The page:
THIS is the 40th year since the release of The Clash’s London Calling.
Malcolm Wyatt, author of a new book about the band, tells Murray Scougall the Honest Truth about what made the collective of Joe Strummer, Mick Jones, Paul Simonon and Topper Headon so special.
What is your background?
I’m originally from Guildford, Surrey, home to four of my favourite new wave bands – The Jam, The Members, The Stranglers and The Vapors.
I worked in a succession of office jobs before retraining as a journalist in the mid-90s. But I always wrote, self-publishing my first music fanzine as a teenager.
Why write about The Clash?
Of all the bands I loved, The Clash’s stance, look, lyrics and musical hooks soon resonated, never really leaving me.
What is your earliest memory of them?
I loved them from around the age of 11, from flicking through Smash Hits. The first album came too early for me, so I’d say it was hearing Tommy Gun in late 1978, then discovering their second LP, Give ’Em Enough Rope.
What made them so influential?
On stage, in the studio, and on camera, The Clash were inspirational, and while it’s fair to say they weren’t the greatest musicians at first, that was part of the appeal. You felt you could follow their lead, however effortlessly cool they looked and sounded. Even now you can listen to Strummer’s interviews and stage banter and sense the impact he created.
Did their politicised lyrics and rebellious attitude add to their popularity?
At times, they were frustratingly vague or contradictory in dismissing all they disagreed with, but oh for that youthful arrogance from today’s bands. Their political leanings certainly impressed this lad from a suburban council estate, championing environmentally-sound, anti-big business, anti-nuclear and anti-racist causes and initiatives.
What made London Calling such an iconic album?
Much as I love the second LP, and great as the first was, the third took the band to a new level with its heady mix of rock’n’roll, reggae and much more. All four members were key to the vibe captured, that increased confidence and fresh spirit encouraged in the studio by maverick producer Guy Stevens and engineer Bill Price bringing out the best in them.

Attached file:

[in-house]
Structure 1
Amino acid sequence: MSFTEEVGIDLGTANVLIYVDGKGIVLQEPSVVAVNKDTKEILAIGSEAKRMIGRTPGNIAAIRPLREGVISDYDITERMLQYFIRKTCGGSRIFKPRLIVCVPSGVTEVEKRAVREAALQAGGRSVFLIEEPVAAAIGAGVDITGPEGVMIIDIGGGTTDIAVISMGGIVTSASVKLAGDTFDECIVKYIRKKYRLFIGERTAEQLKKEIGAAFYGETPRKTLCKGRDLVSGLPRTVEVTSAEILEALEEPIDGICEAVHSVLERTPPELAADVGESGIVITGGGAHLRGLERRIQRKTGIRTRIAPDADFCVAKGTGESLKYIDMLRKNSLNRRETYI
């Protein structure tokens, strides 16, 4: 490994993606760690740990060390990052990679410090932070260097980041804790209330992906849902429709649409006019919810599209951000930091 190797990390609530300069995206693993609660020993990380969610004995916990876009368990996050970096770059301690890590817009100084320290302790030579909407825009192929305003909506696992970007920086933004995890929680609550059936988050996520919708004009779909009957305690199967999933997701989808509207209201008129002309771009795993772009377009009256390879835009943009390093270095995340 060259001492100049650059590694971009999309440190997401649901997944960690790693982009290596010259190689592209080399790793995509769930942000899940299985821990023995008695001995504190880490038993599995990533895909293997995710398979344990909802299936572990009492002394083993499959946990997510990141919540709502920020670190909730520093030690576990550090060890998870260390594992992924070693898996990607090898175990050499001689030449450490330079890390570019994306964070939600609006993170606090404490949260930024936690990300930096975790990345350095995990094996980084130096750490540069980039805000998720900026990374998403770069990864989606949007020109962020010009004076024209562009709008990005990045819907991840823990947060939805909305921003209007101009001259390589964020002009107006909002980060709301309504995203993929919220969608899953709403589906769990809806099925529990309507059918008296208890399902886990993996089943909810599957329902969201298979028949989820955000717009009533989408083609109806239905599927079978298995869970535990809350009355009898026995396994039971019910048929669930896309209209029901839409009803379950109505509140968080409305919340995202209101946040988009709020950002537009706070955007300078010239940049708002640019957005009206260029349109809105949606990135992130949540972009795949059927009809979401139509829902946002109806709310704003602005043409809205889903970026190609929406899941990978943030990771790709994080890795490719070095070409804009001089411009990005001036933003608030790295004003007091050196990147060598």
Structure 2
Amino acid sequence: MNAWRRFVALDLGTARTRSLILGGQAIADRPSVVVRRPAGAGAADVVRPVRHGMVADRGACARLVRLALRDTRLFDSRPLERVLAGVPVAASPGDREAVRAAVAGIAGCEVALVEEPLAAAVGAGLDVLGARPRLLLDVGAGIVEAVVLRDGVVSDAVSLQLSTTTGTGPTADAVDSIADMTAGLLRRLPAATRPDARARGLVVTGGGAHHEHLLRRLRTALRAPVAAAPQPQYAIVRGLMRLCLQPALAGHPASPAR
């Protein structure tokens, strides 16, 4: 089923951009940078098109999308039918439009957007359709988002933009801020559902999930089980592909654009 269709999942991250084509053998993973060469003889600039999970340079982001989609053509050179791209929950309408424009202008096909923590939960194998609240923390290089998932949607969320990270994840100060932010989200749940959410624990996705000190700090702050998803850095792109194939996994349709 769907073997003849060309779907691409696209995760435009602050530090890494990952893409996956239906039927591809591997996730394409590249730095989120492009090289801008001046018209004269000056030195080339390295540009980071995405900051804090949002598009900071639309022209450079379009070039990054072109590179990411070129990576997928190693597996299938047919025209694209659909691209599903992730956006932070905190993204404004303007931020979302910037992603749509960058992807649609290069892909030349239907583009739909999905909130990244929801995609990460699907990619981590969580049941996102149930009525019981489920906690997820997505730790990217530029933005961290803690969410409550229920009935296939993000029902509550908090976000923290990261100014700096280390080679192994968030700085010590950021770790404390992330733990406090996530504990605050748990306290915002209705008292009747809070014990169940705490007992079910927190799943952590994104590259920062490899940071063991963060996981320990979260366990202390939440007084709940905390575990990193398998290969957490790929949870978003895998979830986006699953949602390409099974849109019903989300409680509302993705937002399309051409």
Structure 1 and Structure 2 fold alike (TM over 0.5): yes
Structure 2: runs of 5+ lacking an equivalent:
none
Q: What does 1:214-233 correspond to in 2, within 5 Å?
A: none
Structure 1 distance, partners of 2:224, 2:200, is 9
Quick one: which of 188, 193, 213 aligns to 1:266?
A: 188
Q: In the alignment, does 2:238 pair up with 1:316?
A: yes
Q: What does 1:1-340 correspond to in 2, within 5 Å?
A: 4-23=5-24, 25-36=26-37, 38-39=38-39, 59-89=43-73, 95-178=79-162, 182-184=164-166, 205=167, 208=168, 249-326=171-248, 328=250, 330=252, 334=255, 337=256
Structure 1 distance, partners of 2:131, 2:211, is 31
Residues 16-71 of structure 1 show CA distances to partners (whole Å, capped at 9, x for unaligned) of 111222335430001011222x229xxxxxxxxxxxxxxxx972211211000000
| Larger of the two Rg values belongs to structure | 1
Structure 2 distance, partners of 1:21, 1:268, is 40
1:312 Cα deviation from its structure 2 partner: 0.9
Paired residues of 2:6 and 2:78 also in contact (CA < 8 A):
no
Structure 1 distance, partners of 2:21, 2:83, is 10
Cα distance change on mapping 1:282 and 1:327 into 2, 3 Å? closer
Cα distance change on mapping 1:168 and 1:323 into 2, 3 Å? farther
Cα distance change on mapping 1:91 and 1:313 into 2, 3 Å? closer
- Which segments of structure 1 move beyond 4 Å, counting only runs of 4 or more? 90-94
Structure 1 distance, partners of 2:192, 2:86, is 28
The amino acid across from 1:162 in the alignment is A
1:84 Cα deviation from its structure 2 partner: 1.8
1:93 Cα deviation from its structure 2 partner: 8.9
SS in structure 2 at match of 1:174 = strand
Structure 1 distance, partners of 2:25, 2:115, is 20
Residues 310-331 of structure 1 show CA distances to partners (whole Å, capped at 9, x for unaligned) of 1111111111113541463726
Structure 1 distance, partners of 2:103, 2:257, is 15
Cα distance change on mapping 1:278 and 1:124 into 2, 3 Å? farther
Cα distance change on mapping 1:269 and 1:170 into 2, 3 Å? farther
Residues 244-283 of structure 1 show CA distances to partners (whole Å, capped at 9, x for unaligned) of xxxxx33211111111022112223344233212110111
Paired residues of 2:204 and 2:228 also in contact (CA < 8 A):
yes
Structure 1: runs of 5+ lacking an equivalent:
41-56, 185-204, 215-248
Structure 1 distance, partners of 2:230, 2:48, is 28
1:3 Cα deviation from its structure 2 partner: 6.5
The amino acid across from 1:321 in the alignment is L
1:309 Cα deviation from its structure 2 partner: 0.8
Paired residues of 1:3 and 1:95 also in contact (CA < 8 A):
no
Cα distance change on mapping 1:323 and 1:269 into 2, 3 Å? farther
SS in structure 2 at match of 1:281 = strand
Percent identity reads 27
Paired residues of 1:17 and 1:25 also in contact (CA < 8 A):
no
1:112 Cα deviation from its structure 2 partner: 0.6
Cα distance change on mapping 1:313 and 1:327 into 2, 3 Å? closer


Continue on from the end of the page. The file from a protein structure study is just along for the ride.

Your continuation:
What caused them to break up?
I’m not sure anyone can withstand the pressure heaped upon bands that tour and play so hard – in more ways than one. When Headon’s drug dependence took its toll and Jones’ volatile relationships with Strummer and Simonon needed a little in-house diplomacy, it wasn’t likely to come from reinstated manager Bernie Rhodes.
Had Joe Strummer not died in 2002, do you believe they would have eventually reformed?
Anecdotal evidence in recent years from bandmates and key associates suggests it might have happened, and Strummer had something in mind, with Jones’ input. But when Strummer died, Headon was still some way off recovery and Simonon admits he was the most resistant to reforming.
Does their music remain important today?
It does, and so many later artists picked up on that vibe and took it elsewhere. There won’t be another Clash, but their spirit lives on through many other acts, and that’s been the case since the likes of Dunfermline’s Skids were inspired to carve out careers.
How will they be best remembered?
As well as their music, they were a fashion statement and a subcultural “go to” barometer, inspiring us to check out politics as well as funk, reggae, rock’n’roll, ska, hip-hop and soul.
Nothing was off limits if it moved you and was passionately delivered. That kind of enthusiasm and all those great songs ensured this was a band that really mattered.
This Day In Music’s Guide To The Clash is out now.